This development raises posers on the use and abuse of the Excess Crude Account
It is not surprising that the decision by the National Economic Council (NEC) to spend $1billion from the Excess Crude Account (ECA) to fight Boko Haram insurgency in the Northeast generated a controversy. This account has been contentious since it entered the nation’s fiscal lexicon 13 years ago, created by the Obasanjo administration in 2004 to insulate the budgetary cycle – and indeed the economy – from oil-price-induced volatility. Its provenance and legality are subjects of fierce public debate.
Recently, the Edo State Governor, Godwin Obaseki, at the end of the 83rd meeting of the NEC chaired by Vice President Yemi Osinbajo, announced that the governors had given the Federal Government permission to draw from the account to fight the insurgency.
However, two governors from the opposition Peoples Democratic Party (PDP) –Ayodele Fayose of Ekiti State and Udom Emmanuel of Akwa Ibom State have since demurred – the former claimed that the ruling All Progressives Congress (APC) would use the fund to finance the 2019 re-election ambition of President Muhammadu Buhari, while the latter said that he did not attend the meeting. There have been clarifications by the Vice President that the fund, rather than being for the Boko Haram insurgency alone, was meant to improve the overall security architecture of the country, including policing in the states.
Although enhancing the firepower of our fighting men would, on the surface, seem in order, there are questions on the wisdom in the governors’ offer to defray part of the nation’s defence bills at a time many of them are several months in arrears of wages and pensions. Considering the financial crisis ravaging the states, it makes no sense to further burden them with funding the anti-terror war?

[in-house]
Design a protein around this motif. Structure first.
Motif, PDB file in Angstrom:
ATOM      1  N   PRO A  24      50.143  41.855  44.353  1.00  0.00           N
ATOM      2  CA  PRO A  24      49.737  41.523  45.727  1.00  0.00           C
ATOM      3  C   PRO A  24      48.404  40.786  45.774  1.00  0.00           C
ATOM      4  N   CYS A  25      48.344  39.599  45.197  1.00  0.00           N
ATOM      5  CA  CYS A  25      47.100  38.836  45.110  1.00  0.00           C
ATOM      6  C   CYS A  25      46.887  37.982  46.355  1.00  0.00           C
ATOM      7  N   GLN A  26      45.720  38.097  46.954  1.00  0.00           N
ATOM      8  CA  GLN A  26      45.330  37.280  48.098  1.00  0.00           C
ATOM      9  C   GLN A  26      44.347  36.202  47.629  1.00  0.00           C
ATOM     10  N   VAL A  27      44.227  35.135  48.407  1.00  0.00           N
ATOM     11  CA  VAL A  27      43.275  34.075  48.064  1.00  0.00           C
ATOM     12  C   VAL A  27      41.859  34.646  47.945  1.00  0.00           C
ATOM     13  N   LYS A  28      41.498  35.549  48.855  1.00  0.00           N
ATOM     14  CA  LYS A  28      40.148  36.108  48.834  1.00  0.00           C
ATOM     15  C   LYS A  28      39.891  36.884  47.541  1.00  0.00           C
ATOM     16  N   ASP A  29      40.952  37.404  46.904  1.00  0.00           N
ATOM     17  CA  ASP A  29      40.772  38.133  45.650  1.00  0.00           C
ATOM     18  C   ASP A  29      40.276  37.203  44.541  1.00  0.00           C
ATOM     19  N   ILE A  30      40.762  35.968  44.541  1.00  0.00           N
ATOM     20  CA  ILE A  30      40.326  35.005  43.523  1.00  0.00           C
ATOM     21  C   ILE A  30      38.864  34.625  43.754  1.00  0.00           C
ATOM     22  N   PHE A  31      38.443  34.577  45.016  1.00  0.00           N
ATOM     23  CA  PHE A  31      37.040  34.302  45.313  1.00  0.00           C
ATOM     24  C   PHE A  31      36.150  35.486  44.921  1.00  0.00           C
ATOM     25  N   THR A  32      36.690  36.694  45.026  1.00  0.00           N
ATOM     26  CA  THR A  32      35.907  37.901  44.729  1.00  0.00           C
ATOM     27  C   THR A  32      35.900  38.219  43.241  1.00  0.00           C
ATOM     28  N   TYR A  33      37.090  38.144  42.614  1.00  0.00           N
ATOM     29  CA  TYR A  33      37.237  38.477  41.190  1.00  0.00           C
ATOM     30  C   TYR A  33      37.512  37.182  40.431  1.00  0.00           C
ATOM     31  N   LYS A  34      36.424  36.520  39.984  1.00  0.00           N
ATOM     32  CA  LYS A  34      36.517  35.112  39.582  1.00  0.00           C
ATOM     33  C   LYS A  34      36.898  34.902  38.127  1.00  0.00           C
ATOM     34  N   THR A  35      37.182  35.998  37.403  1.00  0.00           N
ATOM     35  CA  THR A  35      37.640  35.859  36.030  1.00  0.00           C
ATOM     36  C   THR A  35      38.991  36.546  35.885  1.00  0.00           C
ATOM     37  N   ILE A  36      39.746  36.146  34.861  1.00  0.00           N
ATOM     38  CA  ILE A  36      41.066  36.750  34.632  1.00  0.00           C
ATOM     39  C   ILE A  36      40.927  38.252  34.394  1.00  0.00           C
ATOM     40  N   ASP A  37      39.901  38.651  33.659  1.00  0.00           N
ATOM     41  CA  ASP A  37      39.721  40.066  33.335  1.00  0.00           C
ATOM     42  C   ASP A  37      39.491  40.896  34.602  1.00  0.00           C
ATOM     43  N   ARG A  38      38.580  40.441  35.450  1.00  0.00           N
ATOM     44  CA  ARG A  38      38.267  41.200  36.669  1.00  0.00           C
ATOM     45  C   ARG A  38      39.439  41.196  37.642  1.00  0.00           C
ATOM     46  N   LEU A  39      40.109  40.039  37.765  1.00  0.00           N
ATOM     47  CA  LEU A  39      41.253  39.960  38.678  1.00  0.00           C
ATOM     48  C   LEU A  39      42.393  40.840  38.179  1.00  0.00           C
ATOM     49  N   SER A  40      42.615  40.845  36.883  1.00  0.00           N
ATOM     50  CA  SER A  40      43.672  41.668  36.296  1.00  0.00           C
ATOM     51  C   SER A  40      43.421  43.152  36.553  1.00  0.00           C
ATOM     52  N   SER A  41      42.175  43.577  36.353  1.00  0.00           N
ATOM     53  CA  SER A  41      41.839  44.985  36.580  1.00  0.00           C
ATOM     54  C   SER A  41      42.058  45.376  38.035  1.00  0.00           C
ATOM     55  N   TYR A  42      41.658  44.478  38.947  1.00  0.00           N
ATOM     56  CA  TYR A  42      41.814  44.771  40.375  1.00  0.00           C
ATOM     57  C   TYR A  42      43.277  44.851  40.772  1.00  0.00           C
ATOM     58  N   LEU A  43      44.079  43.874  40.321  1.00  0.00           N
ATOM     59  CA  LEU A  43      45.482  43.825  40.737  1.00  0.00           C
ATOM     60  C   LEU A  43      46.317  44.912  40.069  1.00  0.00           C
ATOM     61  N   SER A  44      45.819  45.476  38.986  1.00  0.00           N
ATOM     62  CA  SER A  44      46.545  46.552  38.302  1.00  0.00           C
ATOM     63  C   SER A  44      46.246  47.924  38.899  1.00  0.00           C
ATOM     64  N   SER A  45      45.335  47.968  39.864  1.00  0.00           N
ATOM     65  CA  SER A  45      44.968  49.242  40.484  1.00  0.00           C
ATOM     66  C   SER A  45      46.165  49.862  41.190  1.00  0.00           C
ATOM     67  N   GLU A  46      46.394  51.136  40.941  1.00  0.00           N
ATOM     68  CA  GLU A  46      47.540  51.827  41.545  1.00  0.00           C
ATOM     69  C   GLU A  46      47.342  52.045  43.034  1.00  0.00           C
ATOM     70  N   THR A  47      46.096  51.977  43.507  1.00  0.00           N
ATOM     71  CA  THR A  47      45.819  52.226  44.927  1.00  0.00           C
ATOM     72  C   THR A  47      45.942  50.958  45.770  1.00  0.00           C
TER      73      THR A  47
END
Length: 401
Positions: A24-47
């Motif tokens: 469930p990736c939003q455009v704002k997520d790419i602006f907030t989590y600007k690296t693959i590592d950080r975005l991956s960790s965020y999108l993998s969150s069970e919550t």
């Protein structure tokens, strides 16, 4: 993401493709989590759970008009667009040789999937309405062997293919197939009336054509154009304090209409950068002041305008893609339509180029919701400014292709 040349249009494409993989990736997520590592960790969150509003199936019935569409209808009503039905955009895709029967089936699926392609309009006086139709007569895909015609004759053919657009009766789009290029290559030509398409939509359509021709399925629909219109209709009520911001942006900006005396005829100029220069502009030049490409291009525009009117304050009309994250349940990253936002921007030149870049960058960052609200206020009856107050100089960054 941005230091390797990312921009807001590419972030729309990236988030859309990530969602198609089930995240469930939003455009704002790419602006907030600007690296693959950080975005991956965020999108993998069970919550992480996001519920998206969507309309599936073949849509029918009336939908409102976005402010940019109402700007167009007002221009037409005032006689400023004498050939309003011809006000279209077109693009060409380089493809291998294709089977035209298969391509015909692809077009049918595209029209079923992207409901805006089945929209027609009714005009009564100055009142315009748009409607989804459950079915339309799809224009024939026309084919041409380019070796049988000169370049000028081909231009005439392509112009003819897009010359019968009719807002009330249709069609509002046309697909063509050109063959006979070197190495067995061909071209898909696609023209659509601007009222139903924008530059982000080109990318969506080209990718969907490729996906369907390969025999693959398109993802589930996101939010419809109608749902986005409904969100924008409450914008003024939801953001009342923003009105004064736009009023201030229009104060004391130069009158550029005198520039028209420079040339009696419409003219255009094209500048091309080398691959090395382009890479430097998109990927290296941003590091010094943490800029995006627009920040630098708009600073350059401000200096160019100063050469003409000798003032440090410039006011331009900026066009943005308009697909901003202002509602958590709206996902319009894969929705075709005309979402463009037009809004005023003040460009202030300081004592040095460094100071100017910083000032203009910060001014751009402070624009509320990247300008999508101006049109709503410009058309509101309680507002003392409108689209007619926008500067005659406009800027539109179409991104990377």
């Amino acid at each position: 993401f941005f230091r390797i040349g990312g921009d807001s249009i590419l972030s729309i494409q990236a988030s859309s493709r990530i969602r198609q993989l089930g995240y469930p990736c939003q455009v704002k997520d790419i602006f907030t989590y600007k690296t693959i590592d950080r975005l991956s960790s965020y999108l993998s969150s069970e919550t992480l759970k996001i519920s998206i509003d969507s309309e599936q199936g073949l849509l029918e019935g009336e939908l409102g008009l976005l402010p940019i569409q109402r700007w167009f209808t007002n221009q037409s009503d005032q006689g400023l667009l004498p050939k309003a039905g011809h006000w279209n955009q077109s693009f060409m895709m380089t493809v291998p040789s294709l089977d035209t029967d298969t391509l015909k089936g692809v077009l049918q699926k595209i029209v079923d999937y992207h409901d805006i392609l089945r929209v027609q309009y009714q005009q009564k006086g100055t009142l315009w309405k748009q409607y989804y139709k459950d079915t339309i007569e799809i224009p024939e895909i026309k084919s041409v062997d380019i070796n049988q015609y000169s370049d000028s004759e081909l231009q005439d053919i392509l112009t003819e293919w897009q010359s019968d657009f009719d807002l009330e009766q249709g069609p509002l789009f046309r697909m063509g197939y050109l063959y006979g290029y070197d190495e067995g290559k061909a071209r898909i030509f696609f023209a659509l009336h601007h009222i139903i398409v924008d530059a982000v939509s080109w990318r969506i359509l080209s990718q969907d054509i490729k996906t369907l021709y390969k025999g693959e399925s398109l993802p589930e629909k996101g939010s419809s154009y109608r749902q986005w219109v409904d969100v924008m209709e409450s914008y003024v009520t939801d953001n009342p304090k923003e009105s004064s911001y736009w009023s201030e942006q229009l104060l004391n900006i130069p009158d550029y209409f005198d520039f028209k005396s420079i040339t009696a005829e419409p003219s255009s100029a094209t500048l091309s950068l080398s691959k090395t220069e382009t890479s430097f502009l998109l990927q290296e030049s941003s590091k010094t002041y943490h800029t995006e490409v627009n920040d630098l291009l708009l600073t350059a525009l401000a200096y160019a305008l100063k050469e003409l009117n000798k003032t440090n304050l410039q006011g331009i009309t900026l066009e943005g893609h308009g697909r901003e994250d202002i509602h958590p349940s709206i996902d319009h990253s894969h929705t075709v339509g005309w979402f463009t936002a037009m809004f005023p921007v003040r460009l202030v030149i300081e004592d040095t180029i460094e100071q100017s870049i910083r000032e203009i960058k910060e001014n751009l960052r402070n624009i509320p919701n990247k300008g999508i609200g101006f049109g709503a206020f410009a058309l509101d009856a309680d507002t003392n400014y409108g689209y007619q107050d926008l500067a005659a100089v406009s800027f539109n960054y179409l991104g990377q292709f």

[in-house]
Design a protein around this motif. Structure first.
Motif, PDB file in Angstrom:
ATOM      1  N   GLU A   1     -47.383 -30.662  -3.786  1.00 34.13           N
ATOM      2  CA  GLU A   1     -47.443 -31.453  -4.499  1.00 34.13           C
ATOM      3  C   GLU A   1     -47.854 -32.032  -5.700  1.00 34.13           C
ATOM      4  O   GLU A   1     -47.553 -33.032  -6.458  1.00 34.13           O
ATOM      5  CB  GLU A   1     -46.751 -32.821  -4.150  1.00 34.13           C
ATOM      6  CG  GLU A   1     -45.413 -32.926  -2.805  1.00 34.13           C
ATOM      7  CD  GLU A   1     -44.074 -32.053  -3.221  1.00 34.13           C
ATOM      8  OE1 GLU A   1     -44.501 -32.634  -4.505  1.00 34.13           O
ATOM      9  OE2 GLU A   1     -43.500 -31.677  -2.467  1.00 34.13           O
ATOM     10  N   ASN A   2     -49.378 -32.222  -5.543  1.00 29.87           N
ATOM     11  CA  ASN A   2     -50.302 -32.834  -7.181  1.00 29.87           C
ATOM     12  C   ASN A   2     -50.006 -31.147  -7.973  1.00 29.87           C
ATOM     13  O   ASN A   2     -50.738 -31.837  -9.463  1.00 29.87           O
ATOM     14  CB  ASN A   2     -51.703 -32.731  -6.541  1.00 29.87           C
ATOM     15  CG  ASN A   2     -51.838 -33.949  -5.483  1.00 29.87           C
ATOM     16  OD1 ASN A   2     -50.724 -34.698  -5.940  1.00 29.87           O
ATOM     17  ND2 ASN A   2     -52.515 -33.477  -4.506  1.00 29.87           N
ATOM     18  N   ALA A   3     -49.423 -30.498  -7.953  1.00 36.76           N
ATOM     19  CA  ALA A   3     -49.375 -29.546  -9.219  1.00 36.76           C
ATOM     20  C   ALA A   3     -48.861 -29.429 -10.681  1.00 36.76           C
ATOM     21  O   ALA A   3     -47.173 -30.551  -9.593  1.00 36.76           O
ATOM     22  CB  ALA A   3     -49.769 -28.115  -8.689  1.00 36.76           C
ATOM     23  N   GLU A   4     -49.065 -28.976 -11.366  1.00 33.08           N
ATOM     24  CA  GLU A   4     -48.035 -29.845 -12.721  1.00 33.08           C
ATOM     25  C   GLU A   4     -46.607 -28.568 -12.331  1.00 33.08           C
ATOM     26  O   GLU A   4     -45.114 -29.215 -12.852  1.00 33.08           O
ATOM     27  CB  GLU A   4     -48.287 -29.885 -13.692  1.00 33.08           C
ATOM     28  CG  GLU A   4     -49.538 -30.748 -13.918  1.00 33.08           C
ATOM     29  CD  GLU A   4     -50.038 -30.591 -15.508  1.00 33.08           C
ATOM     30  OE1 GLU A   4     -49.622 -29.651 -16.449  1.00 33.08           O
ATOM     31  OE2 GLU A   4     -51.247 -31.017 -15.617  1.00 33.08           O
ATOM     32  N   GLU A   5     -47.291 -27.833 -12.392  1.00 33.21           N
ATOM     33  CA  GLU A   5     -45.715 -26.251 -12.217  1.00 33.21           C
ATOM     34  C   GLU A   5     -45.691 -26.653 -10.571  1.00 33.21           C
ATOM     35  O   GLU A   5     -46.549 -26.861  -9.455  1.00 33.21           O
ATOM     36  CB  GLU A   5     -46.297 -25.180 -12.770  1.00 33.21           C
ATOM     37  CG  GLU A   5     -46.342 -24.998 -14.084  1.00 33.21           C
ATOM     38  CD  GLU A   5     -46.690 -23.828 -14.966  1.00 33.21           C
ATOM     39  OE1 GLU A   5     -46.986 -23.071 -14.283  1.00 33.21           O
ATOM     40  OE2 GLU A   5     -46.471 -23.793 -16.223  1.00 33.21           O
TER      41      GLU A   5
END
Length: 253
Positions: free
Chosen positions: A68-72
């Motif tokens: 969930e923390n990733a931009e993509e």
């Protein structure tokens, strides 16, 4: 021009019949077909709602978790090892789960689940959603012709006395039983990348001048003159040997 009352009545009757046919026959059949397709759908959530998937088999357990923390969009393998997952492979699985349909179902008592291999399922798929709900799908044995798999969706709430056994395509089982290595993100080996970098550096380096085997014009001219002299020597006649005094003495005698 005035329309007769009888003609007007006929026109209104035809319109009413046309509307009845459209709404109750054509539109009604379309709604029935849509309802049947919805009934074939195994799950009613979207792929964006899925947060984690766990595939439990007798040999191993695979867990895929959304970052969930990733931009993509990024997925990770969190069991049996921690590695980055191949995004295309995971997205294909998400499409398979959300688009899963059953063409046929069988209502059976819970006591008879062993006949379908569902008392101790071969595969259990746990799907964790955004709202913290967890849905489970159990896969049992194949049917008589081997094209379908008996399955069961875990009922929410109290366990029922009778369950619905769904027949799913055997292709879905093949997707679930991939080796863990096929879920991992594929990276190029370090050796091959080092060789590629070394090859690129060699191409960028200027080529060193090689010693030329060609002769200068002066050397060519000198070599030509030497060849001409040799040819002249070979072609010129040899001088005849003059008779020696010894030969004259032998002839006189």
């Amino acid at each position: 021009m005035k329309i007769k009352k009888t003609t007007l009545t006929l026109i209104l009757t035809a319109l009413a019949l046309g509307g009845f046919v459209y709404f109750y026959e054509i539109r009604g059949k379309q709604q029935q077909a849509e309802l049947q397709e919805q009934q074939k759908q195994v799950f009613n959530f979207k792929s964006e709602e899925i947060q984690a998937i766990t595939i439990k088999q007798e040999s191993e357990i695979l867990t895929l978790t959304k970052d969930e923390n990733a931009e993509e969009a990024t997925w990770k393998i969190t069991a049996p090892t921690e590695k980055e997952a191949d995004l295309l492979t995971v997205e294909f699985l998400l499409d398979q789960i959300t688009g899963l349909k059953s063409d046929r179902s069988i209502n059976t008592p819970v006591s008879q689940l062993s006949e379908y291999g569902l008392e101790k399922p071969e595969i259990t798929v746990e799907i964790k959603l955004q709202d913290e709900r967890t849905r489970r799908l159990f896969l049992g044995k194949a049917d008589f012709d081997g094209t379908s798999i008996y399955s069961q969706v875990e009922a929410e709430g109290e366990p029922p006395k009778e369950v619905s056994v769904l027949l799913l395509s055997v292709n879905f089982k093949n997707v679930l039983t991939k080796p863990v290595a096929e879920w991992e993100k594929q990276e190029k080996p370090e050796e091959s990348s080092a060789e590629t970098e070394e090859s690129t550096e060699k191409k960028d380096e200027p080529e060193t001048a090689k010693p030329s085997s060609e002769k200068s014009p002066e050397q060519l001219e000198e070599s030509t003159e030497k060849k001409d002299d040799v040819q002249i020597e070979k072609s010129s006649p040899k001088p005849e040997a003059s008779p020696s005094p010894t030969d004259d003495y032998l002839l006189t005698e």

Furthermore, there is the issue of the status of the ECA in the nation’s fiscal matrix, and whether the agreement can replace the strict constitutional requirement for spending public funds.
The Senate may have somewhat resolved the question of the status of the ECA when last month it passed a resolution scrapping its operation, drawing strength, as it were, from the provision of Section 162 (1) of the constitution: “The Federation shall maintain a special account to be called “the Federation Account” into which shall be paid all revenues collected by the Government of the Federation, except the proceeds from the personal income tax of the personnel of the armed forces of the Federation, the Nigeria Police Force, the Ministry or department of government charged with responsibility for Foreign Affairs and the residents of the Federal Capital Territory, Abuja.” What remains perhaps is a definitive judicial pronouncement.
Also, Section 80 (1 – 4) and Section 120 (1 – 4) make it clear that the sole instrument that legitimises the spending of public funds is the appropriation law. To the extent that the so-called agreement by the governors comes nowhere near the appropriation process, those who insist that the strictures imposed by the constitution be strictly followed obviously have a point.
There is no doubt that the operation of the ECA has been messy. Under the late President Umaru Yar’Adua, for instance, the N5 billion said to have been drawn from the account to fund the power sector went unaccounted for; the same thing happened to the $2 billion drawn from the account during the Goodluck Jonathan presidency ostensibly to procure arms for the military.
It is a good thing that the NEC decision is being challenged in court, notably by the Ekiti State government. That is way to go in order to rest all contentions. As far as we can see, the decision is tantamount to usurping the power of the state legislatures to approve their spending bills.
We wonder why the Federal Government, which is constitutionally responsible for defence, would seek to share this responsibility with the states via an extra-constitutional contraption. Whatever happened to its defence budget? Why not send a supplementary budget to the National Assembly, if necessary?